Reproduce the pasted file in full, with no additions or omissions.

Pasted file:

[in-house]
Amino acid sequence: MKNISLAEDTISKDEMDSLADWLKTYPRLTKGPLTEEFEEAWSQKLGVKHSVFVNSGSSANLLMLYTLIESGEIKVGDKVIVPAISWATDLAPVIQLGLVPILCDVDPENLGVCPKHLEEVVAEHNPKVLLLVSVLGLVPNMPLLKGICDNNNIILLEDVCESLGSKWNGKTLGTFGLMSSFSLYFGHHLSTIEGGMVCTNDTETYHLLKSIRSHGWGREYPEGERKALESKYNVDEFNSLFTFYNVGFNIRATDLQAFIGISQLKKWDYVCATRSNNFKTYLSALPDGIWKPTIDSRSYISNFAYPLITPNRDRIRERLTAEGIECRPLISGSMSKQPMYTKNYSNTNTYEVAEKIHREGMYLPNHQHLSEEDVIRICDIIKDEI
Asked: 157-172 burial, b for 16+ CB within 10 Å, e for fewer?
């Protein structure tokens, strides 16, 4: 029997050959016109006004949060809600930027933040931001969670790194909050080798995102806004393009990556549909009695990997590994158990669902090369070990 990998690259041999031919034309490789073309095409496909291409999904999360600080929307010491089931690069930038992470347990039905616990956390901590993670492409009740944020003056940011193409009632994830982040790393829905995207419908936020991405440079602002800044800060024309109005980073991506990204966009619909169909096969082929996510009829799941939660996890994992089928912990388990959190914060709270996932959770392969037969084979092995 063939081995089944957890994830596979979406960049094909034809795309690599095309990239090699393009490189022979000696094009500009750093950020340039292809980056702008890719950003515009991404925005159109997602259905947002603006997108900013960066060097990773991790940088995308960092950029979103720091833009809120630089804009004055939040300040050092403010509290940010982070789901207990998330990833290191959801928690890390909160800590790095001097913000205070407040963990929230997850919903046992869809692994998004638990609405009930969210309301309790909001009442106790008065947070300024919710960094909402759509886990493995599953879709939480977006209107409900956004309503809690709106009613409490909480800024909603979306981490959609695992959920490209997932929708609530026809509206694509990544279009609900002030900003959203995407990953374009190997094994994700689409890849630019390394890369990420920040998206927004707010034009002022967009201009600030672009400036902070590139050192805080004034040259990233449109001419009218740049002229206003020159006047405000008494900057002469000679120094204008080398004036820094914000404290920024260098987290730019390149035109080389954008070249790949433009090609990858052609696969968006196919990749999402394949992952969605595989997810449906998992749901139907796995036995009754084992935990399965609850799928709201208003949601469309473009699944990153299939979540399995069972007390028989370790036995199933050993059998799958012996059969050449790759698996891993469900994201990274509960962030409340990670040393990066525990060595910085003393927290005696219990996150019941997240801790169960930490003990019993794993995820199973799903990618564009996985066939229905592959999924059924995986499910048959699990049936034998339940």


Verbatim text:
[in-house]
Amino acid sequence: MKNISLAEDTISKDEMDSLADWLKTYPRLTKGPLTEEFEEAWSQKLGVKHSVFVNSGSSANLLMLYTLIESGEIKVGDKVIVPAISWATDLAPVIQLGLVPILCDVDPENLGVCPKHLEEVVAEHNPKVLLLVSVLGLVPNMPLLKGICDNNNIILLEDVCESLGSKWNGKTLGTFGLMSSFSLYFGHHLSTIEGGMVCTNDTETYHLLKSIRSHGWGREYPEGERKALESKYNVDEFNSLFTFYNVGFNIRATDLQAFIGISQLKKWDYVCATRSNNFKTYLSALPDGIWKPTIDSRSYISNFAYPLITPNRDRIRERLTAEGIECRPLISGSMSKQPMYTKNYSNTNTYEVAEKIHREGMYLPNHQHLSEEDVIRICDIIKDEI
Asked: 157-172 burial, b for 16+ CB within 10 Å, e for fewer?
């Protein structure tokens, strides 16, 4: 029997050959016109006004949060809600930027933040931001969670790194909050080798995102806004393009990556549909009695990997590994158990669902090369070990 990998690259041999031919034309490789073309095409496909291409999904999360600080929307010491089931690069930038992470347990039905616990956390901590993670492409009740944020003056940011193409009632994830982040790393829905995207419908936020991405440079602002800044800060024309109005980073991506990204966009619909169909096969082929996510009829799941939660996890994992089928912990388990959190914060709270996932959770392969037969084979092995 063939081995089944957890994830596979979406960049094909034809795309690599095309990239090699393009490189022979000696094009500009750093950020340039292809980056702008890719950003515009991404925005159109997602259905947002603006997108900013960066060097990773991790940088995308960092950029979103720091833009809120630089804009004055939040300040050092403010509290940010982070789901207990998330990833290191959801928690890390909160800590790095001097913000205070407040963990929230997850919903046992869809692994998004638990609405009930969210309301309790909001009442106790008065947070300024919710960094909402759509886990493995599953879709939480977006209107409900956004309503809690709106009613409490909480800024909603979306981490959609695992959920490209997932929708609530026809509206694509990544279009609900002030900003959203995407990953374009190997094994994700689409890849630019390394890369990420920040998206927004707010034009002022967009201009600030672009400036902070590139050192805080004034040259990233449109001419009218740049002229206003020159006047405000008494900057002469000679120094204008080398004036820094914000404290920024260098987290730019390149035109080389954008070249790949433009090609990858052609696969968006196919990749999402394949992952969605595989997810449906998992749901139907796995036995009754084992935990399965609850799928709201208003949601469309473009699944990153299939979540399995069972007390028989370790036995199933050993059998799958012996059969050449790759698996891993469900994201990274509960962030409340990670040393990066525990060595910085003393927290005696219990996150019941997240801790169960930490003990019993794993995820199973799903990618564009996985066939229905592959999924059924995986499910048959699990049936034998339940």